Western Sahara is part of Morocco, San Leon states before drilling
Irish/UK oil company San Leon Energy stated to Irish media today that next month's drilling is located in "Moroccan Southern Provices". Only one government in the world labels the occupied territory in similar way: Morocco. Irish lawyers warn of legal steps.
The Independent quoted San Leon with the following:
"San Leon's operations are in keeping with our obligations under international law and work for the betterment of all persons in the Southern Provinces of Morocco. [..] Our operations in the Southern Provinces are in line with fundamental ethical norms, and actions to inhibit them are not merely incorrect but work counter to the interests of the local population and against the final resolution of conflict. [..] The well we are now seeking to drill will ultimately determine if there are commercial quantities of hydrocarbon resources in the area. [..] To object to our operations here, as some do, on the basis that they may further the interests of the government of Morocco is tantamount to objecting to the building of roads because tanks may drive on them - so may school buses, and goods vehicles, and ambulances," he said.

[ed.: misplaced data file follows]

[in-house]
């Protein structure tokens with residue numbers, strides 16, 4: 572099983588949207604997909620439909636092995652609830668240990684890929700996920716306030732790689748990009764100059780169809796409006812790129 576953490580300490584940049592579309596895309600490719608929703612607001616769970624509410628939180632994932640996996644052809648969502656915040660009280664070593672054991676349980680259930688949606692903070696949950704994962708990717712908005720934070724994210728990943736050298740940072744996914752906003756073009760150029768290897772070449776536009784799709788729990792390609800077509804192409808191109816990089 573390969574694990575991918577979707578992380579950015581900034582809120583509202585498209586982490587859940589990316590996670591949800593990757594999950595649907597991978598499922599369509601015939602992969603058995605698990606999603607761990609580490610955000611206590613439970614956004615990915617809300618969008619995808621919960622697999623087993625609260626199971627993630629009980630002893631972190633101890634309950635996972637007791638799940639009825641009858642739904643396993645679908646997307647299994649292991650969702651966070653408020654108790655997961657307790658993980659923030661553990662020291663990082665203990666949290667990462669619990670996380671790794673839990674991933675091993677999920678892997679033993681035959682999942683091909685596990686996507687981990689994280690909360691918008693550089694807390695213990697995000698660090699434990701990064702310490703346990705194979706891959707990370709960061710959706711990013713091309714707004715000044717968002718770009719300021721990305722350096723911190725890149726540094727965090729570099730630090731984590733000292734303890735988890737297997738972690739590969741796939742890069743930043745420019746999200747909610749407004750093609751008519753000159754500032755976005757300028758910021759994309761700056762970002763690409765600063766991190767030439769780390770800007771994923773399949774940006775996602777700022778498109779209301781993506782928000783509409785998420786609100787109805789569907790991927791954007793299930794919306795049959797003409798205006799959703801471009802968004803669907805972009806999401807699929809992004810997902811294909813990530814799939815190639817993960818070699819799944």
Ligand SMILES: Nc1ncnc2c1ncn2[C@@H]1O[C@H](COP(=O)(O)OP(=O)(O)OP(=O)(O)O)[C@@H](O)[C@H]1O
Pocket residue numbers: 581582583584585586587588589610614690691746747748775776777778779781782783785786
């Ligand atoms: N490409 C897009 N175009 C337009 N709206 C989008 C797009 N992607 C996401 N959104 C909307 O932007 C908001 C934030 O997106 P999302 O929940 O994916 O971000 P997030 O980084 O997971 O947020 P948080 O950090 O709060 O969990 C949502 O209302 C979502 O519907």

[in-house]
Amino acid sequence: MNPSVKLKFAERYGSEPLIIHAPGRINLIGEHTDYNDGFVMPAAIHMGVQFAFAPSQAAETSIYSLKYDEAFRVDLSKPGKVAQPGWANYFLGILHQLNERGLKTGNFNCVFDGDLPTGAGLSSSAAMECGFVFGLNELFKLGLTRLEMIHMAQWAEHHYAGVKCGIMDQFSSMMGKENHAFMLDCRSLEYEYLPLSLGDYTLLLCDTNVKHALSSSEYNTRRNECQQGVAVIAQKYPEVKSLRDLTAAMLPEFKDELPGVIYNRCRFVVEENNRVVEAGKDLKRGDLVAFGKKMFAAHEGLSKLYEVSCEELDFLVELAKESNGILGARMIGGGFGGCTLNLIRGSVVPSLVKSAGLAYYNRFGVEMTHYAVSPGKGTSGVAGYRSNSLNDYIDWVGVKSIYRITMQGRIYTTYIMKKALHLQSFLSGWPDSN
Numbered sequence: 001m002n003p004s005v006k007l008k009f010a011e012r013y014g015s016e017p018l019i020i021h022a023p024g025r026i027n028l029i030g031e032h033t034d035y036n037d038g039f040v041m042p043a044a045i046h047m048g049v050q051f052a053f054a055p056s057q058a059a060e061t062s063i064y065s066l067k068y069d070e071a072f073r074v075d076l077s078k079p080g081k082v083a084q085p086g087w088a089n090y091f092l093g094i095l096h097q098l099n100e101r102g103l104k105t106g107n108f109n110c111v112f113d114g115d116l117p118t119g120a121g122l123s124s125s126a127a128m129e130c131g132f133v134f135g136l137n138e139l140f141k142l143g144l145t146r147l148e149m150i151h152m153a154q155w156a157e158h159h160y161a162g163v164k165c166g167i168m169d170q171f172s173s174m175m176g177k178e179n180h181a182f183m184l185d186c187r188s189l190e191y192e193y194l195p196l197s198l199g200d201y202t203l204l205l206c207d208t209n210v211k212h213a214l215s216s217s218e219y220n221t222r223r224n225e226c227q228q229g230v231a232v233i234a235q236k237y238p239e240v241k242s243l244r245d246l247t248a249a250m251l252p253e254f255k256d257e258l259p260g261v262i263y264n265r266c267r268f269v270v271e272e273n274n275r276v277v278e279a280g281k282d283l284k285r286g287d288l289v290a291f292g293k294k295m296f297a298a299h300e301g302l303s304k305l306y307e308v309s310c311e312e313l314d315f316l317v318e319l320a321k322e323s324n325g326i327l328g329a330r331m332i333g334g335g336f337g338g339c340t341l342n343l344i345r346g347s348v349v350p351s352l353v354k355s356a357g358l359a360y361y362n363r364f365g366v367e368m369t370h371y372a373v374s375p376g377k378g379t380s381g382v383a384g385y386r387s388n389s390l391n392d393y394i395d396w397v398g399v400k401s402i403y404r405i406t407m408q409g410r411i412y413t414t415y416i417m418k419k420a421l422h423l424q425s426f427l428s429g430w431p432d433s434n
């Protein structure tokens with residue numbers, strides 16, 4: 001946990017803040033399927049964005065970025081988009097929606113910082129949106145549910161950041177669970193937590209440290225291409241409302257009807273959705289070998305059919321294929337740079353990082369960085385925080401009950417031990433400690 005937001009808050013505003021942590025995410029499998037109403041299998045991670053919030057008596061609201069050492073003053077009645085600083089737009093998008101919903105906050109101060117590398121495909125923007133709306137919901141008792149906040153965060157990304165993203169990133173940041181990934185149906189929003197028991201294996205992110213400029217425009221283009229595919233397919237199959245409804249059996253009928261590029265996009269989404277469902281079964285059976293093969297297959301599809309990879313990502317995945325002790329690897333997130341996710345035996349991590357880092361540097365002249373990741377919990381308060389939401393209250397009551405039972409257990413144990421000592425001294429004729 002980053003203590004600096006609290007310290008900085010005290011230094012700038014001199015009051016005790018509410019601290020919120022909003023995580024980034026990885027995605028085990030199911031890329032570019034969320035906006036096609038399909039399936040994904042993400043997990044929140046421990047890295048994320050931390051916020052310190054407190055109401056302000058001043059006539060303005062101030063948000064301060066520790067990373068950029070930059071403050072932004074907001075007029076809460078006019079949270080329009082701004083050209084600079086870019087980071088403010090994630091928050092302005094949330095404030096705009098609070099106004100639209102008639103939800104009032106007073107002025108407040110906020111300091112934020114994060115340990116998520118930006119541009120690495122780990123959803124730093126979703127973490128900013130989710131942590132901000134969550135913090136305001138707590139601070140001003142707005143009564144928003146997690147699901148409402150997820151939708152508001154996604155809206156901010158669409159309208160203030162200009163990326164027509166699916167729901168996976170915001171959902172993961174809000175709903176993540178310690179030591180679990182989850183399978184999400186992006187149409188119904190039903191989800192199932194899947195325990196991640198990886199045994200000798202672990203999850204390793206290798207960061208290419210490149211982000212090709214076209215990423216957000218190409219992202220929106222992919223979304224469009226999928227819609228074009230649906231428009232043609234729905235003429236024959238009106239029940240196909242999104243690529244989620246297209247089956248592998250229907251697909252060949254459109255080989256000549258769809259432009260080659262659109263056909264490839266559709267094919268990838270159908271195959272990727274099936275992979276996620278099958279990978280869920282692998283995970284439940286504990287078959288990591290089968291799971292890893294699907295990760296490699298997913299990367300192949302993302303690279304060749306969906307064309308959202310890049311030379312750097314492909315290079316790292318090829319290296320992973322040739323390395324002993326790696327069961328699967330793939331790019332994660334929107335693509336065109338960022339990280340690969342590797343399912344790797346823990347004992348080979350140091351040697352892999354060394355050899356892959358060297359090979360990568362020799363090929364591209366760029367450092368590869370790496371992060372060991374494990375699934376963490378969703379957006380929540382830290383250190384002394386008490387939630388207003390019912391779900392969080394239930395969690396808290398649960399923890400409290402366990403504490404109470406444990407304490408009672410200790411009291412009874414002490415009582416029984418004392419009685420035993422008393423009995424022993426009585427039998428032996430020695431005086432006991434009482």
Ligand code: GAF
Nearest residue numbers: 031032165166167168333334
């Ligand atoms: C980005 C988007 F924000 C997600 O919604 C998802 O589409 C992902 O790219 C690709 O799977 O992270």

According to Irish Independent, the Irish organisation of lawers Global Legal Action Network (GLAN), told will take legal action against the company over the plan.
"The right of a people to choose how or even whether to use their natural resources is one of the cornerstones of international human rights law", GLAN stated.
San Leon Energy has to WSRW's knowledge never responded to letters of concern from civil society. On only one occasion in the past has the company made comments to the media over the controversy: In an interview with Irish TV station RTE in 2011, a company representative stated it does not need to pay attention to the Saharawis, as "they are not representative".
Morocco occupies the major part of its neighbouring country, Western Sahara. Entering into business deals with Moroccan companies or authorities in the occupied territories gives an impression of political legitimacy to the occupation. It also gives job opportunities to Moroccan settlers and income to the Moroccan government. Western Sahara Resource Watch demands foreign companies leave Western Sahara until a solution to the conflict is found.
It's not easy keeping up with all the different legal proceedings relating to Western Sahara. For the sake of clarity, here's an overview of the five different cases at the Court of Justice of the European Union.
Leading activists from Western Sahara are condemned to sentences ranging from 20 years to life imprisonment in connection to a mass protest in 2010 denouncing the Saharawi people’s social and economic marginalization in their occupied land; the Gdeim Izik protest camp.
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